Tag Archives: fish

Quick Cauliflower Rice And Fish Curry

Quick Cauliflower Rice And Fish Curry

Quick Cauliflower Rice And Fish Curry

This was the dish I really should have dined on yesterday.

Still, no real harm done. Instead of being a speedy supper it found its true calling as a lightning lunch.

Ready in under 15 minutes, if you get your act together.

Continue reading

Advertisements

Fish And Fruit – The Matrix Had Me

Fish and fruit

Fish and fruit

Yesterday, I finally found my long-lost collection of DVDs. Hurrah. Great joy, etc.

It was only then that I realised that we possess but one functional device capable of reading said disks with a non-busted sound output jack – my old Win-XP era desktop system, which for rather complicated reasons now lost in the mists of time is named “Greg“.

Belgium!

Continue reading

Moroccan Fish Stew

Moroccan fish stew

Moroccan fish stew

A household is comprised of many sub-domains, the kitchen being one of them.

In my official capacity as the duly appointed Home Kitchen’s “Lord Protector of the Sacred Pans” and “Guardian of Knives”, it has to be said that I do not run my own particular fiefdom as a democracy, but more as a Benevolent Dictatorship.

Continue reading

Indian Fish Fritters

Indian fish fritters

Indian fish fritters

I was sat gazing out of the window the other day, contemplating the nature of almond flour, as you do, when the thought suddenly struck me – “I bet almond flour would make a perfect drop-in replacement for chickpea flour”. Chalk one up for the meditative properties of Oolong tea.

Continue reading

Smoky Seafood Stir-fry

Smoky seafood stirfry

Smoky seafood stirfry

This was yet another one of those ad hoc culinary experiments.  This one came about because both Mrs. Paleovirtus and I had a sudden, irrational, craving for seafood.

We also wanted something quick. That seemed to suggest doing something with pre-cooked fish. No problem there, mon ami – our local food emporium has a series of very large refrigerated cabinets dedicated to precisely that kind of thing.

Continue reading

Patrani Machli – Indian Baked Fish Parcels

Patrani Machli - Indian Baked Fish Parcels

Patrani Machli – Indian Baked Fish Parcels

When people talk about Indian cuisine, they usually mean red sauce curries, or creamy Kormas, or the many pulse-based dishes, or perhaps even any one of the vast range of vegetarian dishes available.

I’ve said it before and I’ll say it again – this is all well and good, but that means that Indian seafood quite often goes overlooked, which is a crying shame.

This is one of my favourite Indian seafood dishes. It has its roots in “Raj” style cooking, an Anglo-Indian type of fusion-cuisine, often created by Parsee cooks.

Firm, white fish is given a spicy, herby, coconutty, and lemony paste topping, wrapped in foil, and then baked in the oven. The result is a moist, gorgeously aromatic, subtly flavoured  piece of fish. Sumptuous!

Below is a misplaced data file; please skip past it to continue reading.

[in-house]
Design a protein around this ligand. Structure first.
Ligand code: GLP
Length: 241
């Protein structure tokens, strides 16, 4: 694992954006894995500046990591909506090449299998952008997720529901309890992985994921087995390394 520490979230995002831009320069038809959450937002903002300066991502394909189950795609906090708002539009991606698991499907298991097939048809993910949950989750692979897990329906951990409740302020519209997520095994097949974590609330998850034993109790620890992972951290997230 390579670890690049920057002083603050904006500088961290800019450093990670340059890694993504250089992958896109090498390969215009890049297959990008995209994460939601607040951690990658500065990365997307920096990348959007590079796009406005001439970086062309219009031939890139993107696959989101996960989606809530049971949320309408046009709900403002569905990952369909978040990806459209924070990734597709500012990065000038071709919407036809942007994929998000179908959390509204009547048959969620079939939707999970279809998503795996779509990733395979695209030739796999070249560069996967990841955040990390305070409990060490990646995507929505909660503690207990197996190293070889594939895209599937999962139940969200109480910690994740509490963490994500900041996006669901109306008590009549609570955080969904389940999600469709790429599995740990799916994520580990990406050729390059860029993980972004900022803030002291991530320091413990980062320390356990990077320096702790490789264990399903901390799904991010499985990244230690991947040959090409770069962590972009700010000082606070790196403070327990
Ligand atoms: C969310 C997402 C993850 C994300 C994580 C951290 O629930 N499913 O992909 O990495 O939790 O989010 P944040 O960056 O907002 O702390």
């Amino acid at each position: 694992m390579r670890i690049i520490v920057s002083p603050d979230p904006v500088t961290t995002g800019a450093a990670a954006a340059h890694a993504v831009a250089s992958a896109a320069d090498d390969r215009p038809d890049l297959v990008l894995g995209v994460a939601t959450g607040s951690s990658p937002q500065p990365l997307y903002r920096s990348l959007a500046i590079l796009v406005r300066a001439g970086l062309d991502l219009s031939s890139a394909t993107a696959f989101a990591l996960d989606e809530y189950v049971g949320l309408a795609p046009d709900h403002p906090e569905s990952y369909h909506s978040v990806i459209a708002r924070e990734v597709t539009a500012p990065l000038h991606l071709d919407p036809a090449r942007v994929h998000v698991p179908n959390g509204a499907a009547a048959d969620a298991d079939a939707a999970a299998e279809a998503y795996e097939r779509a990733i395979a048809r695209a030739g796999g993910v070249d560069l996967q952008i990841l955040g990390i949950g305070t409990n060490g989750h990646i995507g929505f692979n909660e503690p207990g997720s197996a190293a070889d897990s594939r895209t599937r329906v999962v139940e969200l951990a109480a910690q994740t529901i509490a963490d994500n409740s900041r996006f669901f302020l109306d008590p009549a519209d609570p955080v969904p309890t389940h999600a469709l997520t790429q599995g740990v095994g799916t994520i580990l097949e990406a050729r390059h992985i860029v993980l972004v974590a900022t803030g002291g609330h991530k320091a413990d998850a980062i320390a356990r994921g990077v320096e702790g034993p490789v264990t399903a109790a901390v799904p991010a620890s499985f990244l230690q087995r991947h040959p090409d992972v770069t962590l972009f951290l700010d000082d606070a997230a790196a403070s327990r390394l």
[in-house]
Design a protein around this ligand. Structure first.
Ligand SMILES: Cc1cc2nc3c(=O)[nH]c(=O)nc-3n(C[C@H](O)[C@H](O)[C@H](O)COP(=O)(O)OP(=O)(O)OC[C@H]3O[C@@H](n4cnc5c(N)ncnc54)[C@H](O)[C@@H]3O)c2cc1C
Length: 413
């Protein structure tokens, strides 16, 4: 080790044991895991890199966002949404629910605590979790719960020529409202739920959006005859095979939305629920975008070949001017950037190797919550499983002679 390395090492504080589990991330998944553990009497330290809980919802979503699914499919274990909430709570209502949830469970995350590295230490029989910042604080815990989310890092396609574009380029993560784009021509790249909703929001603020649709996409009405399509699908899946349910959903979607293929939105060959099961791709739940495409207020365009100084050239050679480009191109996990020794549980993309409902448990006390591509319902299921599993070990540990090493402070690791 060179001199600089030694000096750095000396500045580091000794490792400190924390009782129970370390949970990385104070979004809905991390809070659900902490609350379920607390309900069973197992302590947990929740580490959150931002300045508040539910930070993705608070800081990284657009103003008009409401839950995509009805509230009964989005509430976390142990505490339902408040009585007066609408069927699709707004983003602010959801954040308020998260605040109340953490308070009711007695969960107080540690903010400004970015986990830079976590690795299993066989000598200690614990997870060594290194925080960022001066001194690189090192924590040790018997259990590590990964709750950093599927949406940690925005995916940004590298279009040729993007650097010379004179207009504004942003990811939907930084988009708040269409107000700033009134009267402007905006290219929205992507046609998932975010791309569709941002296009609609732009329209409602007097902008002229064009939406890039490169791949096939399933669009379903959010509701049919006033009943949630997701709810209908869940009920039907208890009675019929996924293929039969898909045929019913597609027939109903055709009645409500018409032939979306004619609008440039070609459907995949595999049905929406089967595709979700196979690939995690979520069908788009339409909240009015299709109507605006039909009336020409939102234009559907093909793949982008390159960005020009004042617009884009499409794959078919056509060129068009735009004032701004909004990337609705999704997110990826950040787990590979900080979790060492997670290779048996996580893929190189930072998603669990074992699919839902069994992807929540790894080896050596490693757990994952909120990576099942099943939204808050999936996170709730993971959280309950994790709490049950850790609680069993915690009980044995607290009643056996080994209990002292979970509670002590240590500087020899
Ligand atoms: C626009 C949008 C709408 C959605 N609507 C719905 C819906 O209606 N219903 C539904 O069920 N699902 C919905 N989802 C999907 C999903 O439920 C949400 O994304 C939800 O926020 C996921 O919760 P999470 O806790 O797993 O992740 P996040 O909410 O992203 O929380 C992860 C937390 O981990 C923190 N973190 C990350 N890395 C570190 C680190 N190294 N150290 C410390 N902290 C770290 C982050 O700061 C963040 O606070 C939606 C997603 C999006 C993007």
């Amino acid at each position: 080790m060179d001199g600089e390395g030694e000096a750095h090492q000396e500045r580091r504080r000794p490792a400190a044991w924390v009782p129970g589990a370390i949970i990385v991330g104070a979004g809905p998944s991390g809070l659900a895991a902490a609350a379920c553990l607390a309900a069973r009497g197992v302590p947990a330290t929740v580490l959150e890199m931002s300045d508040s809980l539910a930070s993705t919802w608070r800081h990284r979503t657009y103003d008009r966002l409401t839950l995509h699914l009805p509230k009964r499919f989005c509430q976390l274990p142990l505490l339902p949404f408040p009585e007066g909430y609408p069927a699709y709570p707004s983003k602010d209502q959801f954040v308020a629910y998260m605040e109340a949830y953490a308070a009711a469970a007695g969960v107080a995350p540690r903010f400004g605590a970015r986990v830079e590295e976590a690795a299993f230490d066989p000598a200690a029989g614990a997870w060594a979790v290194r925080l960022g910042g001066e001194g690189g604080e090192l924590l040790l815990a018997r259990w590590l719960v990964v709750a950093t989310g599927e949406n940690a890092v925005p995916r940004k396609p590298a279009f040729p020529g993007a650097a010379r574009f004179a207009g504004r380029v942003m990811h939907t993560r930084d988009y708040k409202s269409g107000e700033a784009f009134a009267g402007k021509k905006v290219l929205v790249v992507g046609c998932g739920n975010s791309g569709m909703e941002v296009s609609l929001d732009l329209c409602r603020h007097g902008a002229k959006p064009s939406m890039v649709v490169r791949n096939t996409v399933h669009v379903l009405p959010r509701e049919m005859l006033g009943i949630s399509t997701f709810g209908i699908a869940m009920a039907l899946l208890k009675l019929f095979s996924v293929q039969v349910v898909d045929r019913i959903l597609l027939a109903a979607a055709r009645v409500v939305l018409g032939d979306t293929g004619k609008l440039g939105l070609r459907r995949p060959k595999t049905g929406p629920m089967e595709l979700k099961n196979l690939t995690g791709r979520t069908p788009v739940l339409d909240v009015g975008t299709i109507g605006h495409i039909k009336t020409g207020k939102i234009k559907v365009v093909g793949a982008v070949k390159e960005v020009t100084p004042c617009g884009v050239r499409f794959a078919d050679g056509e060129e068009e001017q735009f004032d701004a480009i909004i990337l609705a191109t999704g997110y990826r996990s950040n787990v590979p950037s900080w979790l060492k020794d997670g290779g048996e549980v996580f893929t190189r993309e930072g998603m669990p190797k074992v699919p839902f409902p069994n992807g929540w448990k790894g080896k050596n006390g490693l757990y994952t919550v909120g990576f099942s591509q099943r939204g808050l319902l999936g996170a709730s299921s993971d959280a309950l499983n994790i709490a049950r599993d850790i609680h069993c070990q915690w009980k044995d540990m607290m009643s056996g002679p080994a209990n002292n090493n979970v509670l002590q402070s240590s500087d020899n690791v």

For that full-on Anglo-Indian experience, you could serve this dish along with some sweet potato wedges, making a wonderful cross-cultural “Fish ‘n Chips”!


 

Patrani Machli – Indian Baked Fish Parcels

Serves 4

Ingredients

  • 4 100g cod steak fillets – see “Notes” below
  • 1 red onion, roughly chopped
  • a good handful of fresh coriander (cilantro)
  • a good handful of fresh mint
  • 3 tbsp desiccated coconut
  • 1 heaped tsp cumin powder
  • 2 tbsp lemon juice
  • 2 Jalapeño chillies, roughly chopped
  • 5 cloves garlic, roughly chopped

Method

  • Pre-heat the oven to 190°C.
  • Place the onion, fresh coriander, fresh mint, desiccated coconut, cumin powder, lemon juice, Jalapeños, and garlic into a food processor, and blitz down into a smooth paste.
  • Lay a cod fillet on a large double thickness of aluminium foil. Cover the top of the fillet with ¼ of the spice paste. Wrap the foil tightly around the fillet, forming a parcel. Repeat for the other 3 fillets.
  • Place the foil parcels on a baking tray. Bake in the oven for 30 – 35 minutes. Remove from the oven, and allow to cool somewhat. Unwrap the parcels, carefully. The fish should be white if thoroughly cooked, i.e. no longer translucent looking.
  • Serve, garnished with lemon wedges, etc.

Notes

  • The hard core, old school version of this dish uses a banana leaf instead of aluminium foil to form the cooking parcel.
  • Any other firm white fish would work here in place of the cod – adjust cooking times accordingly.
  • I call them “cod steak fillets” because I’m no longer sure what they’re called in English! In French they’re “Coeur de Cabillaud”“Heart of Cod”, and in Swedish “Torskrygg”“Cod Back”. Whatever you call them, they’re the premium, thick, usually quite expensive but normally bone-free fillet.